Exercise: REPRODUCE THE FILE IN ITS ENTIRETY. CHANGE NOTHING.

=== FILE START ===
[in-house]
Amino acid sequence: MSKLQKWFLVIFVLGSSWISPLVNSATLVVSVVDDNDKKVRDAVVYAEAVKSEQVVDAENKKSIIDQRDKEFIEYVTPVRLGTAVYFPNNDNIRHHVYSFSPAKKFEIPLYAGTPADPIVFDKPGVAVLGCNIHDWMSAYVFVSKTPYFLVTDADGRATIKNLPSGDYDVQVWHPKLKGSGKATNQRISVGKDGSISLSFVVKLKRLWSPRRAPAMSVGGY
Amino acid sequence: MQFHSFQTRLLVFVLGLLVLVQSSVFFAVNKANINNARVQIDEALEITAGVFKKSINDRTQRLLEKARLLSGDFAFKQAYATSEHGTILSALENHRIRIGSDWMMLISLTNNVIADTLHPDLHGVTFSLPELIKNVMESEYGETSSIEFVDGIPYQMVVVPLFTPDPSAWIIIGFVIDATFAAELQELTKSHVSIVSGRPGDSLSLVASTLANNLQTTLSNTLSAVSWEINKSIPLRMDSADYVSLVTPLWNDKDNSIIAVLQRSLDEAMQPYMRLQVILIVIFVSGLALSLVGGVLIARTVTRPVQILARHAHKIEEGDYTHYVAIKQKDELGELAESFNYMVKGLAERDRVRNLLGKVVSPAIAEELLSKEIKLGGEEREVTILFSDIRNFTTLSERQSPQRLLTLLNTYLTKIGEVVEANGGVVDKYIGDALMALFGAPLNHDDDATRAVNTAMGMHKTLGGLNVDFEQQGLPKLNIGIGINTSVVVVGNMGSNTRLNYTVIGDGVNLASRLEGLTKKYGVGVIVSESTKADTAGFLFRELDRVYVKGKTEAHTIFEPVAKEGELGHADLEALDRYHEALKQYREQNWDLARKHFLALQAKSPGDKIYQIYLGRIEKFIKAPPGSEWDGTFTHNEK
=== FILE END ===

[in-house]
Amino acid sequence: MSKLQKWFLVIFVLGSSWISPLVNSATLVVSVVDDNDKKVRDAVVYAEAVKSEQVVDAENKKSIIDQRDKEFIEYVTPVRLGTAVYFPNNDNIRHHVYSFSPAKKFEIPLYAGTPADPIVFDKPGVAVLGCNIHDWMSAYVFVSKTPYFLVTDADGRATIKNLPSGDYDVQVWHPKLKGSGKATNQRISVGKDGSISLSFVVKLKRLWSPRRAPAMSVGGY
Amino acid sequence: MQFHSFQTRLLVFVLGLLVLVQSSVFFAVNKANINNARVQIDEALEITAGVFKKSINDRTQRLLEKARLLSGDFAFKQAYATSEHGTILSALENHRIRIGSDWMMLISLTNNVIADTLHPDLHGVTFSLPELIKNVMESEYGETSSIEFVDGIPYQMVVVPLFTPDPSAWIIIGFVIDATFAAELQELTKSHVSIVSGRPGDSLSLVASTLANNLQTTLSNTLSAVSWEINKSIPLRMDSADYVSLVTPLWNDKDNSIIAVLQRSLDEAMQPYMRLQVILIVIFVSGLALSLVGGVLIARTVTRPVQILARHAHKIEEGDYTHYVAIKQKDELGELAESFNYMVKGLAERDRVRNLLGKVVSPAIAEELLSKEIKLGGEEREVTILFSDIRNFTTLSERQSPQRLLTLLNTYLTKIGEVVEANGGVVDKYIGDALMALFGAPLNHDDDATRAVNTAMGMHKTLGGLNVDFEQQGLPKLNIGIGINTSVVVVGNMGSNTRLNYTVIGDGVNLASRLEGLTKKYGVGVIVSESTKADTAGFLFRELDRVYVKGKTEAHTIFEPVAKEGELGHADLEALDRYHEALKQYREQNWDLARKHFLALQAKSPGDKIYQIYLGRIEKFIKAPPGSEWDGTFTHNEK